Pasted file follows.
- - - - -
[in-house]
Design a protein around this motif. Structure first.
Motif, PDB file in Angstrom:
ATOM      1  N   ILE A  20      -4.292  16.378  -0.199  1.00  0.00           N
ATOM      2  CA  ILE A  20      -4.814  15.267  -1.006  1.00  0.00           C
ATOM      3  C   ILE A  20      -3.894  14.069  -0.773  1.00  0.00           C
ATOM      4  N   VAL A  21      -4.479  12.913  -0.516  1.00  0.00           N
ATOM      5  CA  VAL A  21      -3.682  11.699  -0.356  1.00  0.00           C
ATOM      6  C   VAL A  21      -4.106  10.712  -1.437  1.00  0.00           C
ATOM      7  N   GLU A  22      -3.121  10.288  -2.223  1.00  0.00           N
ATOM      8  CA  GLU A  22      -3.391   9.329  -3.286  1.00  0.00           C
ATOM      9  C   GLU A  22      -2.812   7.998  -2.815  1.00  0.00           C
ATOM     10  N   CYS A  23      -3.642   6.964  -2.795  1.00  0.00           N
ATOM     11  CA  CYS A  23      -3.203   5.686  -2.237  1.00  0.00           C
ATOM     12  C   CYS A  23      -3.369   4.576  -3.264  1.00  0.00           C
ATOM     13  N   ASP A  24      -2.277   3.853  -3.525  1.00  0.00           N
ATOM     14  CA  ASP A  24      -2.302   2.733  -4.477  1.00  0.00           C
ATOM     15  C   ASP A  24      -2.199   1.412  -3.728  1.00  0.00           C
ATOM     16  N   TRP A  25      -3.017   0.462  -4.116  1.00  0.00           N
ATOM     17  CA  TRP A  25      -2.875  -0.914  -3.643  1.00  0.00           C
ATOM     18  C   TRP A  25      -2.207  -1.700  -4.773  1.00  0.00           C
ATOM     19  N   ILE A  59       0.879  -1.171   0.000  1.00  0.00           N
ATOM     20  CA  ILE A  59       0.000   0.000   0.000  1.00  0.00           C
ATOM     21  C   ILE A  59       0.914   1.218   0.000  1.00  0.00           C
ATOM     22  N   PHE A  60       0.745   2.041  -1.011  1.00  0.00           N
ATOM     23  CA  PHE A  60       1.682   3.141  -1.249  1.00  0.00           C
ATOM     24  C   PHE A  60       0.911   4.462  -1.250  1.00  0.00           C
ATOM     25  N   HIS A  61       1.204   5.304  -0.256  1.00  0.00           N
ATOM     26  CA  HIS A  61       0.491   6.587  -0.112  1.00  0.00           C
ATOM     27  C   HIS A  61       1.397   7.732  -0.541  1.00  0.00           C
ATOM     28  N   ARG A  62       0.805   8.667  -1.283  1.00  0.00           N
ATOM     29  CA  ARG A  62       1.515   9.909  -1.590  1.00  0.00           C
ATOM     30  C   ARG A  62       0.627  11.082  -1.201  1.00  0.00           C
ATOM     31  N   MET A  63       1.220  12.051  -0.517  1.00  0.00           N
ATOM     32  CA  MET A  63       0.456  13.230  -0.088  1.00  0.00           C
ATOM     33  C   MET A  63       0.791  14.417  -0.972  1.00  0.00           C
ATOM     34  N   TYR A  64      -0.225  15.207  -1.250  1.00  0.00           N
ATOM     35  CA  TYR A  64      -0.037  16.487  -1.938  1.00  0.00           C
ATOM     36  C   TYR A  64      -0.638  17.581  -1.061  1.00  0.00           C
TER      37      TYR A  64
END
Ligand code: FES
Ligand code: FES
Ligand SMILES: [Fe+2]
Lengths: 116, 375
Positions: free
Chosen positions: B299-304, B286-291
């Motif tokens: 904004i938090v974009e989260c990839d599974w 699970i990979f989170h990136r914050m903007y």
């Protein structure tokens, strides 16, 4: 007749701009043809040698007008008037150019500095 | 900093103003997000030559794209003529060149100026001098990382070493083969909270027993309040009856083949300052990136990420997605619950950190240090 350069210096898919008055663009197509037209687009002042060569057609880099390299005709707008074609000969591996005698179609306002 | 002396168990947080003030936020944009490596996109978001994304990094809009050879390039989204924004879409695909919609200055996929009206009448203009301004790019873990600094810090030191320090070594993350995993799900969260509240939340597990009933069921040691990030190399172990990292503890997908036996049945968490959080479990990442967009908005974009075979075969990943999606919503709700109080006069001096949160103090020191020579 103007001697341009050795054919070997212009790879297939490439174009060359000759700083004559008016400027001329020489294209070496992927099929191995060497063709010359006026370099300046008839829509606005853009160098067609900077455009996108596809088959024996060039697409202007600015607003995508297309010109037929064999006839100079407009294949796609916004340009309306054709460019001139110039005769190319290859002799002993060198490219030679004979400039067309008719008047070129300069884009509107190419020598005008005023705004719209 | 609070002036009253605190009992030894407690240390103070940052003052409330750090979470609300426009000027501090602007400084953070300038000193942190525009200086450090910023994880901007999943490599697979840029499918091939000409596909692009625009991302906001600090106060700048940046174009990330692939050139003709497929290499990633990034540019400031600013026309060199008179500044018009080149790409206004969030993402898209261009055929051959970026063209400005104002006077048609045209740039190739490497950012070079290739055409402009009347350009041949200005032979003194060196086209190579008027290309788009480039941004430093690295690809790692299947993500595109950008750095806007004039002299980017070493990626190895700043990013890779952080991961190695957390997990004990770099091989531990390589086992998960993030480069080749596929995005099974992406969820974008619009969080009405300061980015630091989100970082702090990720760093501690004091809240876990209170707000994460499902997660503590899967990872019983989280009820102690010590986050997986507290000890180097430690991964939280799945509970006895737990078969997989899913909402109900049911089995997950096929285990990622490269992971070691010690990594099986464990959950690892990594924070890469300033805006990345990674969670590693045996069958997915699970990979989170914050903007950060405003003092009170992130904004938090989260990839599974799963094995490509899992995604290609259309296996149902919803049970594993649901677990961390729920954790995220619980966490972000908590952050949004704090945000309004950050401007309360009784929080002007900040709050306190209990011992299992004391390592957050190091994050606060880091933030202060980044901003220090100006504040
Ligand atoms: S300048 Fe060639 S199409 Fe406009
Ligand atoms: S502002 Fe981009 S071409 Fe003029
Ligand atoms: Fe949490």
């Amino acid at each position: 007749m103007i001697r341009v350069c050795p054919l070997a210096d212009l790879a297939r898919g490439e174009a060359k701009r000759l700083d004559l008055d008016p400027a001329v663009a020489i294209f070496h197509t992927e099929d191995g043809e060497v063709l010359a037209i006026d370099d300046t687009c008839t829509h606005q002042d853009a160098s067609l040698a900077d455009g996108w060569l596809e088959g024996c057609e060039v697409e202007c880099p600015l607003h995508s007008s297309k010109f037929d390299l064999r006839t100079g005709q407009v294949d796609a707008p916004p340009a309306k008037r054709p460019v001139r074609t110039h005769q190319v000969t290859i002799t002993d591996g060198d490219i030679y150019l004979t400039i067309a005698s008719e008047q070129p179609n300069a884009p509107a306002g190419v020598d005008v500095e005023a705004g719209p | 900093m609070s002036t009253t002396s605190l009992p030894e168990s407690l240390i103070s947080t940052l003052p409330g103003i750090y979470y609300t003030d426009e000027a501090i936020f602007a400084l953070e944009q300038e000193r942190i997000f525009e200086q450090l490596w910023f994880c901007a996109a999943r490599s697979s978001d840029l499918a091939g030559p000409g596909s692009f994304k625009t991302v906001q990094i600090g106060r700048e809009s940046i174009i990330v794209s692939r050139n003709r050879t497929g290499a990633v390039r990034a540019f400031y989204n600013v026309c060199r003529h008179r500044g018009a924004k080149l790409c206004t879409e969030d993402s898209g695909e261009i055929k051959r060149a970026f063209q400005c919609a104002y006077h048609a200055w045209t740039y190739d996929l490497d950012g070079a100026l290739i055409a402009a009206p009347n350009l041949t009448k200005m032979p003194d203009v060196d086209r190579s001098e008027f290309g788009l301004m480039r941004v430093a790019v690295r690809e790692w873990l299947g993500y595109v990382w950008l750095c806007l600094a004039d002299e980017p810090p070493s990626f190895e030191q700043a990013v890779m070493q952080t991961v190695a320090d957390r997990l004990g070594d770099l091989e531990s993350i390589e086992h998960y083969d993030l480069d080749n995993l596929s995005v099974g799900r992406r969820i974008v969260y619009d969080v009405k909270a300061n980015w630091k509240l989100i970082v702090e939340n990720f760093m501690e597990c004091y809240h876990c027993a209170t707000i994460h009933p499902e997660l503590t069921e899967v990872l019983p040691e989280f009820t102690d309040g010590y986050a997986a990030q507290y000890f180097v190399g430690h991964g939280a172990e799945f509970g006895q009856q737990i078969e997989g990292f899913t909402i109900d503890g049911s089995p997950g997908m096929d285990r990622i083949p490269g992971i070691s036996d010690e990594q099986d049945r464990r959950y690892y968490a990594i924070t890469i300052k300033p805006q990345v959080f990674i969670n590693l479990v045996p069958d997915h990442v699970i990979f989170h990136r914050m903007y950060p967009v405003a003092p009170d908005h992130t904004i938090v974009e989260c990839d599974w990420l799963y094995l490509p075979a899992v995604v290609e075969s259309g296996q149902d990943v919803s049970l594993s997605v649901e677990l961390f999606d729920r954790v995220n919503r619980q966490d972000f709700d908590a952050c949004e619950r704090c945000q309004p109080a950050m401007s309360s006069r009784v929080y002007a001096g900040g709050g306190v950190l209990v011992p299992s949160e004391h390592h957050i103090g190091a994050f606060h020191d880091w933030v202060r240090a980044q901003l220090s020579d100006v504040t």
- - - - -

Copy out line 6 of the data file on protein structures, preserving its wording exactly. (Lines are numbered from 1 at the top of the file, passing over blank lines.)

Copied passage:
ATOM      3  C   ILE A  20      -3.894  14.069  -0.773  1.00  0.00           C